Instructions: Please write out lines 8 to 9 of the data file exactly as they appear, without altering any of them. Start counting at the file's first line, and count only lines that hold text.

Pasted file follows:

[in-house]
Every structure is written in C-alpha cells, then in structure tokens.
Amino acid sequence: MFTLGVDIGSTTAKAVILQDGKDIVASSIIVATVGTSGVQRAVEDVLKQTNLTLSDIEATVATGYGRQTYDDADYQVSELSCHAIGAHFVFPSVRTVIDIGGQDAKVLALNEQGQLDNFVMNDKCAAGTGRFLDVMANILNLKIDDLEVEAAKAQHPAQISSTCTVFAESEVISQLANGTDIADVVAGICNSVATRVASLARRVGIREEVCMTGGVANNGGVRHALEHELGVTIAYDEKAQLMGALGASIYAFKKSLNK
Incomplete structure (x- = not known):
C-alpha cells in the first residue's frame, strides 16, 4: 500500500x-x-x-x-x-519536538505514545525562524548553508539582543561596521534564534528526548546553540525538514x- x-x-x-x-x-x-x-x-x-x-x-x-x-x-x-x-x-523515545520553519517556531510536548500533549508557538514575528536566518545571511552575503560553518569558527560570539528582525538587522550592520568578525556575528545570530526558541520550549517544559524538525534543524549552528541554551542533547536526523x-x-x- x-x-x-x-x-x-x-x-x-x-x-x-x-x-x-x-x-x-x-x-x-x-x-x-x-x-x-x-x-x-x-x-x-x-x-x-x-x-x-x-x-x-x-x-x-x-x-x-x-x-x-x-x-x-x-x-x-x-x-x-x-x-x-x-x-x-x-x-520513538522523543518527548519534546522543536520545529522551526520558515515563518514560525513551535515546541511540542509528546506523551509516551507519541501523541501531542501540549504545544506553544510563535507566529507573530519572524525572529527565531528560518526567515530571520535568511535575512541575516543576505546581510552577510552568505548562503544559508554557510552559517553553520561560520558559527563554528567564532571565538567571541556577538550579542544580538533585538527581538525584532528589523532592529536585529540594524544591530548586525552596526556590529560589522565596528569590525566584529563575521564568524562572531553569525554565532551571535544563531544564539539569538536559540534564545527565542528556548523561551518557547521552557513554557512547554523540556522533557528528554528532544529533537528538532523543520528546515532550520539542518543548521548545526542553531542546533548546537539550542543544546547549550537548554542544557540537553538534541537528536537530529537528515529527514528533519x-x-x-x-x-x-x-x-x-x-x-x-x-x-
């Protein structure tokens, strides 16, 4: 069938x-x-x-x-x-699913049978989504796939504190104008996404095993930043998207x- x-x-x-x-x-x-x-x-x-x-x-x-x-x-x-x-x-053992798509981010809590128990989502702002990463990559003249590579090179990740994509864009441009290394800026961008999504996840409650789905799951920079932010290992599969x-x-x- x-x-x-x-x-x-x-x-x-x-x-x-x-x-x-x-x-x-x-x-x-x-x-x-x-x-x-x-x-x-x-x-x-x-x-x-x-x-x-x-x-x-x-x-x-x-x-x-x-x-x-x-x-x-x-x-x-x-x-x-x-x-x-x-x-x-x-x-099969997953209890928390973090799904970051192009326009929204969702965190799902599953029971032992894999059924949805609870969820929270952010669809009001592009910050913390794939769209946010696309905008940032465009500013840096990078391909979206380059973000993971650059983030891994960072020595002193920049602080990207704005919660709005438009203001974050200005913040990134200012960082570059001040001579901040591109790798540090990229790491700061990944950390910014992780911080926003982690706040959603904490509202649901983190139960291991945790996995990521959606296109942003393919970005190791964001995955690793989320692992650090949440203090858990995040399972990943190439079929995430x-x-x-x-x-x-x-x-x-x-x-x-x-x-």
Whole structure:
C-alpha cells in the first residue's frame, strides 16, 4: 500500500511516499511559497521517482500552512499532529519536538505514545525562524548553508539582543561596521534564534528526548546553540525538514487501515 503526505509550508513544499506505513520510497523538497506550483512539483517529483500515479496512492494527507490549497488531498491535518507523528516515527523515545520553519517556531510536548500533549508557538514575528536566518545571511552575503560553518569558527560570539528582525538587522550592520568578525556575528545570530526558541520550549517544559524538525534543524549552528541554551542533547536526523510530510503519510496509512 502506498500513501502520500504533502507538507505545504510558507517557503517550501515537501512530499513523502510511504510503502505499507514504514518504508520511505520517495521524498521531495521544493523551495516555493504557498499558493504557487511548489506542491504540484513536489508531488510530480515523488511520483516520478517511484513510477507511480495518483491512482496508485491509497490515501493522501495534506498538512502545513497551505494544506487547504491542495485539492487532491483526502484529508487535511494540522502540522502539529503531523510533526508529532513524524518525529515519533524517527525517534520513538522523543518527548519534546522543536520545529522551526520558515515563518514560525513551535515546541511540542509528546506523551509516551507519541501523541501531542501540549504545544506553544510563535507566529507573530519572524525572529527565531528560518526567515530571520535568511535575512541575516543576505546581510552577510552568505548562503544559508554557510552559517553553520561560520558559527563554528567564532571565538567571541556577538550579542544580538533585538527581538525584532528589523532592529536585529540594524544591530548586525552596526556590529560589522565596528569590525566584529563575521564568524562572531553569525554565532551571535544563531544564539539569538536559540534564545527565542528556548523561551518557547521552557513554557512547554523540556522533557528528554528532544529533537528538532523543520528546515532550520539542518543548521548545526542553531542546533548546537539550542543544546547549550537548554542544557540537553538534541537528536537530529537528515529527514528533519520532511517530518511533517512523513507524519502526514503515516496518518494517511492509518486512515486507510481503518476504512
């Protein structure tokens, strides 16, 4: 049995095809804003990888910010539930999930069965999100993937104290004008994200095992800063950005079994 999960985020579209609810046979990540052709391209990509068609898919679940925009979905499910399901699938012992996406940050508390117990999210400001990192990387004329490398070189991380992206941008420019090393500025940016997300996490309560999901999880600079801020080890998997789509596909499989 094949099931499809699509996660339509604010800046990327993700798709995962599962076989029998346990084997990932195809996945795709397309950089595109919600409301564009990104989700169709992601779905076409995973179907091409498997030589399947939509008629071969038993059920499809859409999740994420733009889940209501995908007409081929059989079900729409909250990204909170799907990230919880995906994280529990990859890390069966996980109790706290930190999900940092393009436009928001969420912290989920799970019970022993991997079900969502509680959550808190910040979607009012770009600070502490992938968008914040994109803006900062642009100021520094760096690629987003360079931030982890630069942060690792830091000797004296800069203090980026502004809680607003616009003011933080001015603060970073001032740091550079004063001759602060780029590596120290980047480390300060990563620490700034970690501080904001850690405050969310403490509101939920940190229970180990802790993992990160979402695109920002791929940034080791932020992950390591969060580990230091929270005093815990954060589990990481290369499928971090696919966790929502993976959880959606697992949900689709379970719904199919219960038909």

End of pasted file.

C-alpha cells in the first residue's frame, strides 16, 4: 500500500511516499511559497521517482500552512499532529519536538505514545525562524548553508539582543561596521534564534528526548546553540525538514487501515 503526505509550508513544499506505513520510497523538497506550483512539483517529483500515479496512492494527507490549497488531498491535518507523528516515527523515545520553519517556531510536548500533549508557538514575528536566518545571511552575503560553518569558527560570539528582525538587522550592520568578525556575528545570530526558541520550549517544559524538525534543524549552528541554551542533547536526523510530510503519510496509512 502506498500513501502520500504533502507538507505545504510558507517557503517550501515537501512530499513523502510511504510503502505499507514504514518504508520511505520517495521524498521531495521544493523551495516555493504557498499558493504557487511548489506542491504540484513536489508531488510530480515523488511520483516520478517511484513510477507511480495518483491512482496508485491509497490515501493522501495534506498538512502545513497551505494544506487547504491542495485539492487532491483526502484529508487535511494540522502540522502539529503531523510533526508529532513524524518525529515519533524517527525517534520513538522523543518527548519534546522543536520545529522551526520558515515563518514560525513551535515546541511540542509528546506523551509516551507519541501523541501531542501540549504545544506553544510563535507566529507573530519572524525572529527565531528560518526567515530571520535568511535575512541575516543576505546581510552577510552568505548562503544559508554557510552559517553553520561560520558559527563554528567564532571565538567571541556577538550579542544580538533585538527581538525584532528589523532592529536585529540594524544591530548586525552596526556590529560589522565596528569590525566584529563575521564568524562572531553569525554565532551571535544563531544564539539569538536559540534564545527565542528556548523561551518557547521552557513554557512547554523540556522533557528528554528532544529533537528538532523543520528546515532550520539542518543548521548545526542553531542546533548546537539550542543544546547549550537548554542544557540537553538534541537528536537530529537528515529527514528533519520532511517530518511533517512523513507524519502526514503515516496518518494517511492509518486512515486507510481503518476504512
């Protein structure tokens, strides 16, 4: 049995095809804003990888910010539930999930069965999100993937104290004008994200095992800063950005079994 999960985020579209609810046979990540052709391209990509068609898919679940925009979905499910399901699938012992996406940050508390117990999210400001990192990387004329490398070189991380992206941008420019090393500025940016997300996490309560999901999880600079801020080890998997789509596909499989 094949099931499809699509996660339509604010800046990327993700798709995962599962076989029998346990084997990932195809996945795709397309950089595109919600409301564009990104989700169709992601779905076409995973179907091409498997030589399947939509008629071969038993059920499809859409999740994420733009889940209501995908007409081929059989079900729409909250990204909170799907990230919880995906994280529990990859890390069966996980109790706290930190999900940092393009436009928001969420912290989920799970019970022993991997079900969502509680959550808190910040979607009012770009600070502490992938968008914040994109803006900062642009100021520094760096690629987003360079931030982890630069942060690792830091000797004296800069203090980026502004809680607003616009003011933080001015603060970073001032740091550079004063001759602060780029590596120290980047480390300060990563620490700034970690501080904001850690405050969310403490509101939920940190229970180990802790993992990160979402695109920002791929940034080791932020992950390591969060580990230091929270005093815990954060589990990481290369499928971090696919966790929502993976959880959606697992949900689709379970719904199919219960038909």